Do you truly believe that the relationship with your former-ex-separated spouse will get any better, once they have gotten all they want, whether it be divorce and remarriage or divorce, annulment and remarriage? Do you think you will be treated any differently than you are now or have been? Do you think just because your spouse has now found the "Bed of Roses" they have been looking for (and you, my friend, were definitely not it!) and is now living "happily ever after" that they will be all smiles and giggles as regards you?
Did the 2014 Synod definitively, doctrinaly and morally uphold in clear and concise language the Sacrament of Matrimony and the perennial teaching on sodomy and homosexuals? Uh, huh...
It will never change, so don't be naive about it. It will be impossible for any relationship to return to what it was before the one decided to split, obviously. But neither will you ever become platonic friends whose common interest and concern - the children - are tantamount and demands a truce, at least as far as any children are concerned. It (the relationship) demands that discussions for and about children should be conducted between the spouses as if they were still married - with the honor and respect due to each of their respective vocations. With any disagreement falling on the side of the Residential Parent, it remains for the the other Spouse to accept such decision charitably, even though it may go against good order and discipline. Even if it goes against the moral good of the children, there's naught you can do but accept it, other than pray, of course. Your spouse has Civil Law on their side, being the residential parent and all.
Erma Bombeck once wrote the best-selling book The Grass Is Always Greener Over The Septic Tank. And she should know, being a Catholic wife and Mother whose marriage lasted almost 50 yrs before her death at 69. She once said that "God created man, but I could do better" and I believe she was referring to a future time when many would take that as their mantra when faced with the specter of dissatisfaction within a marriage. "Well, hrumph!" you may say..."God may have created man and through His Son the Sacrament of Matrimony, but He certainly didn't create either to mean we really - and permanently? Really? - have to live a man or woman who doesn't satisfy us and our needs. Otherwise, God wouldn't have allowed annulments, right? I mean, don't I know what I need better than He? Hmm??" Maybe, I suppose...but Erma didn't tell you the reason the grass is always greener - underneath, the sod is full of s**t, slime and sludge - the offal from the septic tank of marital compromises, errors and subjective needs/wants/desires. With so much stink under the green grass permeating the "relationship air", is it any wonder you can't have "peaceful co-existence"? Why there can never, ever be a "can't we all get along" relationship.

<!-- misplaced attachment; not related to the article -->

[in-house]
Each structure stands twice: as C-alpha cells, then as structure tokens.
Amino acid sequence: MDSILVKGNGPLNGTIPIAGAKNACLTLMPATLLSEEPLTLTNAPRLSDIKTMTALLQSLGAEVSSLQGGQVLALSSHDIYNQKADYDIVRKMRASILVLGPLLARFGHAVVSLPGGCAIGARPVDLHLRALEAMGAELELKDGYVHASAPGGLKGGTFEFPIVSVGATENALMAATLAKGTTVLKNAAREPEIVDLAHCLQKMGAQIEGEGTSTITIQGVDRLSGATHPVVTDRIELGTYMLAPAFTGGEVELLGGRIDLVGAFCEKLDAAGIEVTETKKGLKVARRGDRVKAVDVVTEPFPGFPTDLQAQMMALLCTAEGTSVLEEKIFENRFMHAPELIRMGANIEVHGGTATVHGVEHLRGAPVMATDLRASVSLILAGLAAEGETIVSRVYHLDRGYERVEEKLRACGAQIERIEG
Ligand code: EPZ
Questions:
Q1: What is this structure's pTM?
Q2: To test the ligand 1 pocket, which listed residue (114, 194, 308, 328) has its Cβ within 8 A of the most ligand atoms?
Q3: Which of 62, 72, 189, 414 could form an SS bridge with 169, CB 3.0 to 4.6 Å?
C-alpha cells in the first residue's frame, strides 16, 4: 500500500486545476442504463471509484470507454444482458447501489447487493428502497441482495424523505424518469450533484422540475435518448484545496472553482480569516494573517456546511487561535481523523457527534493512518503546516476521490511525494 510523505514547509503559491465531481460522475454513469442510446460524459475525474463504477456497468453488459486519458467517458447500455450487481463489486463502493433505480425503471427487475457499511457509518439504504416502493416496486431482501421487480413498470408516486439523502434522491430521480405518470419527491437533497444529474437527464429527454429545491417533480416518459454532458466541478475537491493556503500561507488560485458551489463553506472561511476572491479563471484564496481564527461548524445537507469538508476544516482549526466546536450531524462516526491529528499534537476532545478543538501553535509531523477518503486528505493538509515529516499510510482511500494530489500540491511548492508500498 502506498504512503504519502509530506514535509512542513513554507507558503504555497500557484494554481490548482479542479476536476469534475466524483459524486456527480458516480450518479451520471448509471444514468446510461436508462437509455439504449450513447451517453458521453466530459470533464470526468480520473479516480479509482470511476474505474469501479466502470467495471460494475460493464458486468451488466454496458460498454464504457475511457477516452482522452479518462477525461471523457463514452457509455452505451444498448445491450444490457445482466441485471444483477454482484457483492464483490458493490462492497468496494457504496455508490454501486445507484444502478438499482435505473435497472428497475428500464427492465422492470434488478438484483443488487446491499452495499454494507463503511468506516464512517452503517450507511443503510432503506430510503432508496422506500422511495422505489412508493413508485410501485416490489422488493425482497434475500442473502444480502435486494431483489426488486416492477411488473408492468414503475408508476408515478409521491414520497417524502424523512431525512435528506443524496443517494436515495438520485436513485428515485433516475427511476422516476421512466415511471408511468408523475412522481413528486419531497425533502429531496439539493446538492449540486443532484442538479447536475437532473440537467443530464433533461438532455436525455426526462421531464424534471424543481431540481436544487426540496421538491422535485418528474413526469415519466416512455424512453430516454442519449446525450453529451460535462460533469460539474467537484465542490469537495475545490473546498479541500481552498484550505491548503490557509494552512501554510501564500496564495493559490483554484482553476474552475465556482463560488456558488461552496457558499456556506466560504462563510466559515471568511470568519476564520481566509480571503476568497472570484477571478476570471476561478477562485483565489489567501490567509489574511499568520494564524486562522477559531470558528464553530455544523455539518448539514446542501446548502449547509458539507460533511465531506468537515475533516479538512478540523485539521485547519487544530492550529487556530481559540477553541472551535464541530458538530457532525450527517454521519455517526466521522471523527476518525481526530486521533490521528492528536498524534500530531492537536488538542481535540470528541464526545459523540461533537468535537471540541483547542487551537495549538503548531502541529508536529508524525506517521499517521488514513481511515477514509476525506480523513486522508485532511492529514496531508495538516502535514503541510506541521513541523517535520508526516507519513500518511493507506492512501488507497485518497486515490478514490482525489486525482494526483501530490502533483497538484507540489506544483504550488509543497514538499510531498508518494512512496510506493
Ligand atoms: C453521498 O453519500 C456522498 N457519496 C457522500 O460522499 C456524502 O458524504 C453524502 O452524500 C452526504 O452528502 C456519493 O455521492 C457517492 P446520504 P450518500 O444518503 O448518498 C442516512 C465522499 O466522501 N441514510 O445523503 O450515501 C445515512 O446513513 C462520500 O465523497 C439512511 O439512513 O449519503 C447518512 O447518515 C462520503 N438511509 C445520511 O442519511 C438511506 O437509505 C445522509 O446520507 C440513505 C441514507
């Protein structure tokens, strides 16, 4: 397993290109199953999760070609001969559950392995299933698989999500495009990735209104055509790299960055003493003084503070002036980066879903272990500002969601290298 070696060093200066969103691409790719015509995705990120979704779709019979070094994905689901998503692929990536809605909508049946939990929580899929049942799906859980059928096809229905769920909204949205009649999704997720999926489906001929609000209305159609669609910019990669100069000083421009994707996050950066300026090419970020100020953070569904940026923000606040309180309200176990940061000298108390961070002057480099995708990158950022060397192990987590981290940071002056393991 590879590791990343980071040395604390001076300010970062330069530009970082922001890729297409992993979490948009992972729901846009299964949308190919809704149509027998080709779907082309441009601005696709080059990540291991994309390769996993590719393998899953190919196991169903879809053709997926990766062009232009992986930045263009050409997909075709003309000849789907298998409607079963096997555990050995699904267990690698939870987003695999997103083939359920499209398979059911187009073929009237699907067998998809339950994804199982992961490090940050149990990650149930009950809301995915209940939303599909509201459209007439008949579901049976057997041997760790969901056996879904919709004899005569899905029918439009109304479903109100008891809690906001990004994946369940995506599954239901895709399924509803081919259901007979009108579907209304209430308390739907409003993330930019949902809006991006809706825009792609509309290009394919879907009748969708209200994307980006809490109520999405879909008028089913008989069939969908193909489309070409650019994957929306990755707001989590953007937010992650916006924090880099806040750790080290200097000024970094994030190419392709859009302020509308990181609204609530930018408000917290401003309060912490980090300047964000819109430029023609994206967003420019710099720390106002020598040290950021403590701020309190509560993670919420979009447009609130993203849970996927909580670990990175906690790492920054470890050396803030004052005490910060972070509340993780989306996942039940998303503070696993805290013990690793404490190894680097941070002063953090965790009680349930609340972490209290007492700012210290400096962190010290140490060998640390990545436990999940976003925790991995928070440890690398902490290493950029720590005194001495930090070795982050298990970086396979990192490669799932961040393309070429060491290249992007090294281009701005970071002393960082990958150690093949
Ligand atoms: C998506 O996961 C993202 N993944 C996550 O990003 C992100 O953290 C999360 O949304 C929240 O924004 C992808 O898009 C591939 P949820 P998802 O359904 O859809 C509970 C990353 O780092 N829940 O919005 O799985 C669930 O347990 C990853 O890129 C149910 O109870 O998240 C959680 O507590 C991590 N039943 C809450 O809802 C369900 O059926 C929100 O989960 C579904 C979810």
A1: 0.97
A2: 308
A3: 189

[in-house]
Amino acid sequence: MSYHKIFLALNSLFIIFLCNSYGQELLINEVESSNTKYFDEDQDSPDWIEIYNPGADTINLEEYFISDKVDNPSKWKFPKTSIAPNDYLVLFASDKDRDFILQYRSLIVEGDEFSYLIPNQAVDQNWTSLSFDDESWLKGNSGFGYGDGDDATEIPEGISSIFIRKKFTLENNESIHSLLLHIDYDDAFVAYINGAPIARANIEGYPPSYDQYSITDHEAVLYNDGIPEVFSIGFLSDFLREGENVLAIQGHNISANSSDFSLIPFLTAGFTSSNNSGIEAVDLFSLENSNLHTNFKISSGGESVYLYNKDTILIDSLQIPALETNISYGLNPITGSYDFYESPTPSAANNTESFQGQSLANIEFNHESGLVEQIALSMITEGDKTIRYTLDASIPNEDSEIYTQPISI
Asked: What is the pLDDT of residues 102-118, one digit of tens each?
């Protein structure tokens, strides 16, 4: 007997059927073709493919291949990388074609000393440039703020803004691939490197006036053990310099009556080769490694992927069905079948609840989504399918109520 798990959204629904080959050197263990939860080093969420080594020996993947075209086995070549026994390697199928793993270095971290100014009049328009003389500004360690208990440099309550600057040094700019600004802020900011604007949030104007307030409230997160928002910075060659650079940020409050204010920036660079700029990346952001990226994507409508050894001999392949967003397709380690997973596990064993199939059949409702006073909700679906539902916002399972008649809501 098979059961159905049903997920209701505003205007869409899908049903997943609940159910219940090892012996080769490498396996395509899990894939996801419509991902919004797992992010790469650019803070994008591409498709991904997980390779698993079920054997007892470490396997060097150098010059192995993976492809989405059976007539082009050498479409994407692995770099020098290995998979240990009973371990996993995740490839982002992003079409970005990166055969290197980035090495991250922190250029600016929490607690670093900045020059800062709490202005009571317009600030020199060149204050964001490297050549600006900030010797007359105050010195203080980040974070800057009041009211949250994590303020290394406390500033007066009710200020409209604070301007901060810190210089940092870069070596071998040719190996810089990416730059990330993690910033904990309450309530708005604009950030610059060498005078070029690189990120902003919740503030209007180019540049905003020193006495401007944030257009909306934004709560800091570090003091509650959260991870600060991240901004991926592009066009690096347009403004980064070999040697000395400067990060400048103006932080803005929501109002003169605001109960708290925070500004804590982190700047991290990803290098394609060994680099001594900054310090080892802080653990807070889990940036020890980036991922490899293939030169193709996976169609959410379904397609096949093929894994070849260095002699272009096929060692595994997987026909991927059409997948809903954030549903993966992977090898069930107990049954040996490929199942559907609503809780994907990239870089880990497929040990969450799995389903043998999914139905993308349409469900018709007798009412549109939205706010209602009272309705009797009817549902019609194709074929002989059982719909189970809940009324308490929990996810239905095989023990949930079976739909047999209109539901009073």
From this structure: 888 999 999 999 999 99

As I've written in a previous post, you will find yourself in a continual no-win scenario: on the one hand, you have to challenge your spouse when faced with errors, especially when your children are involved; on the other, you know such challenges do nothing to ease the tensions - and more than likely will be known by the children, causing further tensions. You will be wrong at times in pursuing this course and right at other times. It's going to be a judgement call among the millions of others you will be faced with over the course of 5, 10, 15 or even 20 years, depending on the ages of your children. So...what to do? You can't stop living your vocation as a Parent, any more than you could walk away from the marriage that was violently ripped from your grasp. You will find yourself at times compromising on your principles, just to keep peace - biting your tongue and making it bleed, so to speak. And you will not be wrong in doing so. So, again...what to do?
It's no easy answer and you'll never know if its the right one. Probably choosing to communicate with as few words as possible is best, ignoring the need to challenge in favor of the greater good to keep peace. Even where it concerns your children, answering directly and with as few words as possible is preferable to a potentially cantankerous email exchange that will do neither of you any good (besides, you run the risk of having second-spouse come to their defense, something you do not need and that will serve no useful purpose.) So, you will find you have to retreat to an almost virtual silence, answering in short, incomplete sentences and paragraphs. Writing more when it concerns children, but never what is truly needed - an over-coffee exchange of two parents chatting about the kids. Not one parent and one non-parent. Not one loving and caring parent and one disinterested one. Just two parents concerned for their children. As the poet Randall Mann wrote: "There was a time we had functional alignment. I was your individual contributor, you my associate director."
Alas! that time is now no more, as you have been let go in favor of a seemingly more worthy contributor....
Copyright 2014 David Heath - All Rights Reserved